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Fluctuation AC input caused by LED flashing solution

In LED lighting systems, adding circuitry to improve PFC response time can help eliminate flicker caused by rapidly changing AC input voltages. If the power factor correction (PFC) block does not respond fast enough, ripple AC input can push the output voltage out of its normal range and cause the human eye to perceive changes in the illumination output. Adding some simple circuitry to the PFC block can help to improve response times and eliminate flicker problems.
The idea is to add overvoltage protection to prevent flickering at startup and then limit the AC on / off problem during normal operation by using automatic sensing to sense when the AC input is off. Prevent Overvoltage Conditions Add overvoltage cancellation (OVE) to PFC blocks to help make it easier to react to voltages that rise too fast, especially during startup. Without an OVE block, there will be a gap between the output voltage and the feedback control if the PFC is not responding in time. Since the output voltage reaches its goal, the feedback control attempts to lower the control value, but because it is too slow, too much energy may be generated. Add OVE function to solve this problem. When too much boost voltage goes beyond the target, the protection is started and the PFC converter makes a quick reaction. Figure 1 shows the output response of the PFC controller with and without an additional OVE circuit. OVE-equipped controllers effectively eliminate over-stress conditions at startup.
Figure 1: The OVP function is added to eliminate over-stress at startup
Automatic Detection of AC Absence Although the addition of the OVE function eliminates the flicker at startup, it is still possible that AC input voltage fluctuations may cause flickering during normal operation. In many cases, the PFC controller's supply voltage (Vcc) is provided by a separate power supply, such as a backup power supply, and a large capacitor is used to stabilize the operation of the IC. This setting can cause mismatch between PFC and IC operation. For example, if the AC line voltage accidentally turns off for two or three AC line cycles, the IC's Vcc may remain available but the PFC output voltage will decrease because there is no input power. As a result, the control loop attempts to compensate for the output voltage drop and the control voltage reaches its maximum. This condition lasts for as long as the AC input is missing, and is the same or worse than if the OVE function was not activated at startup. The output voltage fluctuates between overvoltage and regulation levels, causing significant flicker.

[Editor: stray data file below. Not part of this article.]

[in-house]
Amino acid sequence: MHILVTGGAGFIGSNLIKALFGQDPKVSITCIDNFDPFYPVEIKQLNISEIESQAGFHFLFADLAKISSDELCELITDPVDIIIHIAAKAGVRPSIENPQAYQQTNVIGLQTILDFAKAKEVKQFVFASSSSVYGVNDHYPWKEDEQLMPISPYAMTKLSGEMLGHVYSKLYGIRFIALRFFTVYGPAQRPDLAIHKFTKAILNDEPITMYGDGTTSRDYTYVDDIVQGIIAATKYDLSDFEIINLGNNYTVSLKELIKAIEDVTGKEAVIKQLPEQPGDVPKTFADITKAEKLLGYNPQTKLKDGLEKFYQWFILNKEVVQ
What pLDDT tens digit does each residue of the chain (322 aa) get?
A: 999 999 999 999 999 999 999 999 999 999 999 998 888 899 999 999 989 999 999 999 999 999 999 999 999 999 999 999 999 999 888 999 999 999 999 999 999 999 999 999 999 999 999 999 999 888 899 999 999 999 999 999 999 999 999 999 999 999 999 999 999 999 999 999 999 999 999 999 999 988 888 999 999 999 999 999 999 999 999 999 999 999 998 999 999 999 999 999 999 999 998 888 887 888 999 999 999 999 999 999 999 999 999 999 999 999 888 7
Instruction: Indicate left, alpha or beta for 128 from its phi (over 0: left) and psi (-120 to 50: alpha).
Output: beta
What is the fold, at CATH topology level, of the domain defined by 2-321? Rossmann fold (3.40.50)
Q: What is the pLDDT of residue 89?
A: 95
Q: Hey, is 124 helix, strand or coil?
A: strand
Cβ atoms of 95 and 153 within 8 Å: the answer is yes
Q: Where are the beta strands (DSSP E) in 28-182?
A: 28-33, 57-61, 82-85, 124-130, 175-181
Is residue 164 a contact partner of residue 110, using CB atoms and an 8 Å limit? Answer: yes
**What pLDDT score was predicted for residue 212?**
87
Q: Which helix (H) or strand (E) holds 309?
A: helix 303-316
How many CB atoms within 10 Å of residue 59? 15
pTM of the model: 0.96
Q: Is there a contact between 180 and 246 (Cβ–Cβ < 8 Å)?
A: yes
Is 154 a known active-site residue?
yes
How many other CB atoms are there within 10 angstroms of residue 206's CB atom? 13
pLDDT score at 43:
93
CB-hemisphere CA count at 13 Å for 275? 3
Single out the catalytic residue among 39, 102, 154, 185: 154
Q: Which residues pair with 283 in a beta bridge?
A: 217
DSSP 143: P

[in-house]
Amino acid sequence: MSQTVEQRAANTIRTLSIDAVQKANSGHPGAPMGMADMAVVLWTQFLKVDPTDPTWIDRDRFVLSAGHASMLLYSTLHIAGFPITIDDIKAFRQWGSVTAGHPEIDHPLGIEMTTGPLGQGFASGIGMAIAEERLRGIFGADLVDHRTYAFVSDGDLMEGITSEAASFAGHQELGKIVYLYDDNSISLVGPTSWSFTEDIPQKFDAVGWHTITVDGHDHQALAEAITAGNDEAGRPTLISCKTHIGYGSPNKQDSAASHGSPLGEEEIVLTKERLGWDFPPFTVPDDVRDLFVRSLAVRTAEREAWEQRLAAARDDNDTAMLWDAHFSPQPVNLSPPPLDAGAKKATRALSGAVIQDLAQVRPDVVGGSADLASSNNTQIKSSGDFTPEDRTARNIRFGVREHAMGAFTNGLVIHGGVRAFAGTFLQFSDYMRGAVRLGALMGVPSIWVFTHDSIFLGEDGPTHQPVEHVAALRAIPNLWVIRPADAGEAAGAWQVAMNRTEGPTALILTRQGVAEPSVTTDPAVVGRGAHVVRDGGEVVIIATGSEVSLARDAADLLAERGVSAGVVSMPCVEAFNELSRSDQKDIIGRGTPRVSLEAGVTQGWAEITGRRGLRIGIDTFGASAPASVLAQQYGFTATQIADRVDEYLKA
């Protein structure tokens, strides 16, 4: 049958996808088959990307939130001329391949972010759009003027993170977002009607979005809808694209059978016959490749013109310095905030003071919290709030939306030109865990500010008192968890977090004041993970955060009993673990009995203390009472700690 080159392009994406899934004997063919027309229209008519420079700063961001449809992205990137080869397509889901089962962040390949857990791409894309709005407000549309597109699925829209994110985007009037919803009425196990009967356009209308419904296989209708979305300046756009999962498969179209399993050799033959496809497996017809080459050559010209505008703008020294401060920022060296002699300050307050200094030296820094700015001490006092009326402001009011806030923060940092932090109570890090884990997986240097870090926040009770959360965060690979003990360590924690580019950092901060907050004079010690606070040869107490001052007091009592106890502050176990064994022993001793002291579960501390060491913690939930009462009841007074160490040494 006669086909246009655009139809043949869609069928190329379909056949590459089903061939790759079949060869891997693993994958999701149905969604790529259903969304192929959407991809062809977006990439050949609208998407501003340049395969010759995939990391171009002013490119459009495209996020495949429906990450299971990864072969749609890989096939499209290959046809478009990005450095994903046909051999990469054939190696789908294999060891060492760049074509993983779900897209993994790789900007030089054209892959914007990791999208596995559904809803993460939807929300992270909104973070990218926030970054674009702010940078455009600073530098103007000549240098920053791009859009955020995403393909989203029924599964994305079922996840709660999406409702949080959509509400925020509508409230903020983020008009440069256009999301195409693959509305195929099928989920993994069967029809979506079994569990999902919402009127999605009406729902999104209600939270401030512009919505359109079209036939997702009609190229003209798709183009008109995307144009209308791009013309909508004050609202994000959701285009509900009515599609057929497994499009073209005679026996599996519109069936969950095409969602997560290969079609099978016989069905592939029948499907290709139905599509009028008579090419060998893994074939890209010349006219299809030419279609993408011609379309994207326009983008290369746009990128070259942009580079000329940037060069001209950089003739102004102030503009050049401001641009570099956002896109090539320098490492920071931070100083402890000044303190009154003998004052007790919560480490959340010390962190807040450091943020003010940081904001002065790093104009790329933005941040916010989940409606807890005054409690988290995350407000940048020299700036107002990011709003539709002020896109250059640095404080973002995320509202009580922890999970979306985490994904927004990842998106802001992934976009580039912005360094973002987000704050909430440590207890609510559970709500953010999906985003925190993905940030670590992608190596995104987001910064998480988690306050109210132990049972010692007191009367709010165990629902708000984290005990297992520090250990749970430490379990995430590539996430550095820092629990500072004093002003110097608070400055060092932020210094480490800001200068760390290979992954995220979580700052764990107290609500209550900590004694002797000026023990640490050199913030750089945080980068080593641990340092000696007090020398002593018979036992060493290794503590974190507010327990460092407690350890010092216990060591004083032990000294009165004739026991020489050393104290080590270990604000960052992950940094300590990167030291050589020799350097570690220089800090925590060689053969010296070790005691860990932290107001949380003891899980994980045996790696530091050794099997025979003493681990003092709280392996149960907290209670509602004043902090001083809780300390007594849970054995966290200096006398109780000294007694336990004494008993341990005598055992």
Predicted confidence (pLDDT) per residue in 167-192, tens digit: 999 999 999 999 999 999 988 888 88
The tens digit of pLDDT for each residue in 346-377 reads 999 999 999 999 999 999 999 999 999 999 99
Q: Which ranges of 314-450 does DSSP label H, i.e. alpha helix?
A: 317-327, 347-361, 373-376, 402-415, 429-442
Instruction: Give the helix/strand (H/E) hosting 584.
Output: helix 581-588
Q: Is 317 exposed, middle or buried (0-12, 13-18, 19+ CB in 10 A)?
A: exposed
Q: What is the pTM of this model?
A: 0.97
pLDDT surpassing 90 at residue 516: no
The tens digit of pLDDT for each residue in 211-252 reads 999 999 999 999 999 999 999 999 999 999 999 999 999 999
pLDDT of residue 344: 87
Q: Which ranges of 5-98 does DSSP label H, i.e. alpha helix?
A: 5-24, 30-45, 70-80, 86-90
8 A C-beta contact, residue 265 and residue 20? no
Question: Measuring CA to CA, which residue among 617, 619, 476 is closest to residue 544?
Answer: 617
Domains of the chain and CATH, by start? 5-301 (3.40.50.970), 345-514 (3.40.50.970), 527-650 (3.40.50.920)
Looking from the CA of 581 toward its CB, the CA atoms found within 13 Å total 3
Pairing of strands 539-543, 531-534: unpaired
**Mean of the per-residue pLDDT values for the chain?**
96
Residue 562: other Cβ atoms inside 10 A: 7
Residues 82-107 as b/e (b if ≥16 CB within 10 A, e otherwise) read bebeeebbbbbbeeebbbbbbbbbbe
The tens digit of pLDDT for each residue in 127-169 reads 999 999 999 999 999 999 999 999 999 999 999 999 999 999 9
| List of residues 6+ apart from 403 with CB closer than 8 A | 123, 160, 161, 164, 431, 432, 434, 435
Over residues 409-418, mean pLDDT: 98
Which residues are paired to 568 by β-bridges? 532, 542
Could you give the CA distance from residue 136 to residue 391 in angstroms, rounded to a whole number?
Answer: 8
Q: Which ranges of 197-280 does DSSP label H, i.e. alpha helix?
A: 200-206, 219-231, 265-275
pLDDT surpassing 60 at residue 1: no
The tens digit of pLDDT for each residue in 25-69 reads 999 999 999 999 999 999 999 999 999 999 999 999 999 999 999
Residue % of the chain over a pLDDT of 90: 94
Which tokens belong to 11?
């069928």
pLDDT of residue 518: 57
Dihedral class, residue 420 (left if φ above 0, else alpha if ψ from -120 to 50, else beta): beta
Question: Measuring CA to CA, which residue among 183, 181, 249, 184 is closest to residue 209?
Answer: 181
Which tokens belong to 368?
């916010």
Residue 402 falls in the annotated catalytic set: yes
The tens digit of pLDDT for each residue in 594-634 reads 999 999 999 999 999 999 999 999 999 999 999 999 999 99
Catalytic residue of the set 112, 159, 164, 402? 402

Adding a circuit that detects the presence of an input voltage and then connecting it to a circuit that eliminates overshoot can help solve the problem. It looks like the easiest way to check the input voltage is to detect the AC voltage directly, but identifying the AC line voltage can be a little more complicated. The input capacitance may change the AC input waveform, and the detection time may be delayed when the AC line voltage changes from zero to peak. In addition, testing the AC line voltage may require the assignment of an additional test pin, which may place a burden on the layout. Taking these factors into account, using indirect detection is actually a better approach.
When using a PFC converter operating in critical conduction mode (CRM), there is a relatively straightforward way to set indirect detection of AC line voltage. Zero current detection (ZCD) The timing signal, which reflects the combination of auxiliary and inductor windings, can be used to detect when the inductor current is zero. When the AC line voltage is missing, the non-ZCD signal causes the switching frequency to become the same as the low frequency oscillator, and the maximum on-time repeats. Evaluating the relationship between these signals makes it possible to understand whether an AC line voltage is present or not. During the disappearance of the AC input voltage, an internal automatic detection circuit counts the condition and triggers an overshoot cancellation. The circuit can be prepared to wait for the AC input voltage to be returned. Once the AC input voltage returns to normal, the OVE circuit can quickly cancel the output overvoltage condition. Figure 2 shows how it works. Figure 2: Output Response When AC Line Voltage is On and Off The pink waveform is the PFC output voltage and the blue waveform is the AC input voltage. The PFC output voltage shows the current overshoot through the AC input, even when the AC input is on and off. Conclusion During startup, using the OVE feature eliminates voltage fluctuations and the two-step method of detection and management prevents flickering when the AC voltage disappears instantaneously during normal

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